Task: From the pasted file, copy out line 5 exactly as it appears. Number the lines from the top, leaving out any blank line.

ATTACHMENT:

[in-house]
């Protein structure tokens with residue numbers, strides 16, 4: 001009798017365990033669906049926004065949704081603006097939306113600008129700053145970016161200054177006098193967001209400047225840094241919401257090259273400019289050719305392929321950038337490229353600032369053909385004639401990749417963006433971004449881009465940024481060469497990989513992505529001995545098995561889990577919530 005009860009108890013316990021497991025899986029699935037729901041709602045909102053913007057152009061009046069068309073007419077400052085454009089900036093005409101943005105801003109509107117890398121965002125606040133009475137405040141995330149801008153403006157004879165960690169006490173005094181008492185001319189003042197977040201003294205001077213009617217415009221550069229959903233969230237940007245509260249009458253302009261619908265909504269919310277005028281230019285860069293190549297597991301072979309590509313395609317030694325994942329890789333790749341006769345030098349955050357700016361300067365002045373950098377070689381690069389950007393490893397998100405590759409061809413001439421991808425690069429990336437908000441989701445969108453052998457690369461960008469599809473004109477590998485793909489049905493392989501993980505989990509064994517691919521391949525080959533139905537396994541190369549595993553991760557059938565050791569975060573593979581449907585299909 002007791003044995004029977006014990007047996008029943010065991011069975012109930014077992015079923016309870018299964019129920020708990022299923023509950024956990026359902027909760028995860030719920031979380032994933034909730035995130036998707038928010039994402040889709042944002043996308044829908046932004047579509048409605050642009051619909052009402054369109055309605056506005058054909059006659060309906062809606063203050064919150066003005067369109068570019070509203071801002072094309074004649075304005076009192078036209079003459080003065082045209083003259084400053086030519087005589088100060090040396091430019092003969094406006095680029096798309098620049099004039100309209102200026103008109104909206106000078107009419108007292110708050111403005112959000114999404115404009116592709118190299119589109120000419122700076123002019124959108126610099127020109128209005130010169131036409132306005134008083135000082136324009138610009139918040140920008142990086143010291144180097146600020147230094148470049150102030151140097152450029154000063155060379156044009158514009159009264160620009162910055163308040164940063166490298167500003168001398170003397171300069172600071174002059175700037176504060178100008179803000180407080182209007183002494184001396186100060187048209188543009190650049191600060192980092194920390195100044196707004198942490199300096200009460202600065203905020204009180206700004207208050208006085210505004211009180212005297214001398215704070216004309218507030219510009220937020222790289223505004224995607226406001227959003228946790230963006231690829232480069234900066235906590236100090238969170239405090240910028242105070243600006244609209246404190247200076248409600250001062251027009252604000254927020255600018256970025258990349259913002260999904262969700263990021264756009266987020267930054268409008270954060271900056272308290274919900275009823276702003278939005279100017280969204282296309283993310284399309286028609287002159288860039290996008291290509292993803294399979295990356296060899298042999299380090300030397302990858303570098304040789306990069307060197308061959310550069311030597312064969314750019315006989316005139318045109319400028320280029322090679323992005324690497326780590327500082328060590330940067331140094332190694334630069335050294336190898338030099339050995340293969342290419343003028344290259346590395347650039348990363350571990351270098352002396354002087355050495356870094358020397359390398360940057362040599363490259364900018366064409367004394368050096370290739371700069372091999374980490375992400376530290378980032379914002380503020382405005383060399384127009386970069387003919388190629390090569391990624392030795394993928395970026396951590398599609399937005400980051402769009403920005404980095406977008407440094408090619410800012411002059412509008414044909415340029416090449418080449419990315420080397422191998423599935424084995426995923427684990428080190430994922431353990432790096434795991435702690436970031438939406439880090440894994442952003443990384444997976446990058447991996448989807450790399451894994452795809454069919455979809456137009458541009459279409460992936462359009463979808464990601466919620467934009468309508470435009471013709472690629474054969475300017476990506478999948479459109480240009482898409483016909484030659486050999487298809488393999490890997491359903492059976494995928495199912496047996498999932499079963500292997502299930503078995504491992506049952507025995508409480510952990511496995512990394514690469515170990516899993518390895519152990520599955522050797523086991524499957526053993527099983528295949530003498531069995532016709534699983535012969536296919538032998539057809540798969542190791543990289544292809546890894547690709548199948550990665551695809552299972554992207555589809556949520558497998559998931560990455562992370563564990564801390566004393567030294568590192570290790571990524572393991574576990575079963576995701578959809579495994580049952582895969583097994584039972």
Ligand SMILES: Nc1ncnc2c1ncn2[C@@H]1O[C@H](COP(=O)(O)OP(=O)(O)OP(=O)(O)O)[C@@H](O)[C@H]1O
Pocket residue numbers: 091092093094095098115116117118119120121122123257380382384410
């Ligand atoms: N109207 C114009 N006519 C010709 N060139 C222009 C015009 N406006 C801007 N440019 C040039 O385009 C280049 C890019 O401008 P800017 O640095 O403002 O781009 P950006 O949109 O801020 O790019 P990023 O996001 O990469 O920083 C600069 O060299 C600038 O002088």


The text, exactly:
């Ligand atoms: N109207 C114009 N006519 C010709 N060139 C222009 C015009 N406006 C801007 N440019 C040039 O385009 C280049 C890019 O401008 P800017 O640095 O403002 O781009 P950006 O949109 O801020 O790019 P990023 O996001 O990469 O920083 C600069 O060299 C600038 O002088």